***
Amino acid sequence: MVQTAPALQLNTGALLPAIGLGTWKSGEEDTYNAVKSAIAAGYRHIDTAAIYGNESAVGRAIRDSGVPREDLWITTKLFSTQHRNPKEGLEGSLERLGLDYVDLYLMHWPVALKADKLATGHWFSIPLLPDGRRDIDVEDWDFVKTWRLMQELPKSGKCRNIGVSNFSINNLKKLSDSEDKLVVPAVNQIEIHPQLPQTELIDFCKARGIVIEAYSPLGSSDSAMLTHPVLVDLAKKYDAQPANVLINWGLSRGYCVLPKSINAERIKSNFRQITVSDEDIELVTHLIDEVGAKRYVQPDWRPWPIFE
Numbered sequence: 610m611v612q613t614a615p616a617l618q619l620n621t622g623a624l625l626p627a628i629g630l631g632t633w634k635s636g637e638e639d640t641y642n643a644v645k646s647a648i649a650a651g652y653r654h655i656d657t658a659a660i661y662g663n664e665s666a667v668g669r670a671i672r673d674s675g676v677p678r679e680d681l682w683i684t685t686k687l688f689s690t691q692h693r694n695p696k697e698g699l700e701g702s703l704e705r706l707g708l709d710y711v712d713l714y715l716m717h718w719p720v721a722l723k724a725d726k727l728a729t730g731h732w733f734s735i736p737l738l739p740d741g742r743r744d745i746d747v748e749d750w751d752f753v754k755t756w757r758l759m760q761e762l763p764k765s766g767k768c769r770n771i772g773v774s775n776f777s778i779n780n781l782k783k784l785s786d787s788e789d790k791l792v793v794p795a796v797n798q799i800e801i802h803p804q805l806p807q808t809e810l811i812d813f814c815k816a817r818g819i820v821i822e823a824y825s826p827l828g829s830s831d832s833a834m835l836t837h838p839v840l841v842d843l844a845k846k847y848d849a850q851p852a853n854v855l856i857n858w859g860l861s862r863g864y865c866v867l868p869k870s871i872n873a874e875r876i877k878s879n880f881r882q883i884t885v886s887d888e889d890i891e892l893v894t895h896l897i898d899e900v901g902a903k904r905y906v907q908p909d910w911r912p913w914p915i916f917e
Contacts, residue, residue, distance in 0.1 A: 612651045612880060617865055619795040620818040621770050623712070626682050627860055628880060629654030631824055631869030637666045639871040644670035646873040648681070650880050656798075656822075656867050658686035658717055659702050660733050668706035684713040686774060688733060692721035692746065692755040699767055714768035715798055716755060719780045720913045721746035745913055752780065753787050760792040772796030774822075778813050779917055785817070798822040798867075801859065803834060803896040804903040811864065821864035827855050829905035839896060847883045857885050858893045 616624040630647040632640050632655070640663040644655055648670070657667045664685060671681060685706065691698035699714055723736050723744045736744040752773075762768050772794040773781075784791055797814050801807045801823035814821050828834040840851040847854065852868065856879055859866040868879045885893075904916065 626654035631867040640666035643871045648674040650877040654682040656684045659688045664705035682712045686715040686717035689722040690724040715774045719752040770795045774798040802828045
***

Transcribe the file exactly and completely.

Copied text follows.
Amino acid sequence: MVQTAPALQLNTGALLPAIGLGTWKSGEEDTYNAVKSAIAAGYRHIDTAAIYGNESAVGRAIRDSGVPREDLWITTKLFSTQHRNPKEGLEGSLERLGLDYVDLYLMHWPVALKADKLATGHWFSIPLLPDGRRDIDVEDWDFVKTWRLMQELPKSGKCRNIGVSNFSINNLKKLSDSEDKLVVPAVNQIEIHPQLPQTELIDFCKARGIVIEAYSPLGSSDSAMLTHPVLVDLAKKYDAQPANVLINWGLSRGYCVLPKSINAERIKSNFRQITVSDEDIELVTHLIDEVGAKRYVQPDWRPWPIFE
Numbered sequence: 610m611v612q613t614a615p616a617l618q619l620n621t622g623a624l625l626p627a628i629g630l631g632t633w634k635s636g637e638e639d640t641y642n643a644v645k646s647a648i649a650a651g652y653r654h655i656d657t658a659a660i661y662g663n664e665s666a667v668g669r670a671i672r673d674s675g676v677p678r679e680d681l682w683i684t685t686k687l688f689s690t691q692h693r694n695p696k697e698g699l700e701g702s703l704e705r706l707g708l709d710y711v712d713l714y715l716m717h718w719p720v721a722l723k724a725d726k727l728a729t730g731h732w733f734s735i736p737l738l739p740d741g742r743r744d745i746d747v748e749d750w751d752f753v754k755t756w757r758l759m760q761e762l763p764k765s766g767k768c769r770n771i772g773v774s775n776f777s778i779n780n781l782k783k784l785s786d787s788e789d790k791l792v793v794p795a796v797n798q799i800e801i802h803p804q805l806p807q808t809e810l811i812d813f814c815k816a817r818g819i820v821i822e823a824y825s826p827l828g829s830s831d832s833a834m835l836t837h838p839v840l841v842d843l844a845k846k847y848d849a850q851p852a853n854v855l856i857n858w859g860l861s862r863g864y865c866v867l868p869k870s871i872n873a874e875r876i877k878s879n880f881r882q883i884t885v886s887d888e889d890i891e892l893v894t895h896l897i898d899e900v901g902a903k904r905y906v907q908p909d910w911r912p913w914p915i916f917e
Contacts, residue, residue, distance in 0.1 A: 612651045612880060617865055619795040620818040621770050623712070626682050627860055628880060629654030631824055631869030637666045639871040644670035646873040648681070650880050656798075656822075656867050658686035658717055659702050660733050668706035684713040686774060688733060692721035692746065692755040699767055714768035715798055716755060719780045720913045721746035745913055752780065753787050760792040772796030774822075778813050779917055785817070798822040798867075801859065803834060803896040804903040811864065821864035827855050829905035839896060847883045857885050858893045 616624040630647040632640050632655070640663040644655055648670070657667045664685060671681060685706065691698035699714055723736050723744045736744040752773075762768050772794040773781075784791055797814050801807045801823035814821050828834040840851040847854065852868065856879055859866040868879045885893075904916065 626654035631867040640666035643871045648674040650877040654682040656684045659688045664705035682712045686715040686717035689722040690724040715774045719752040770795045774798040802828045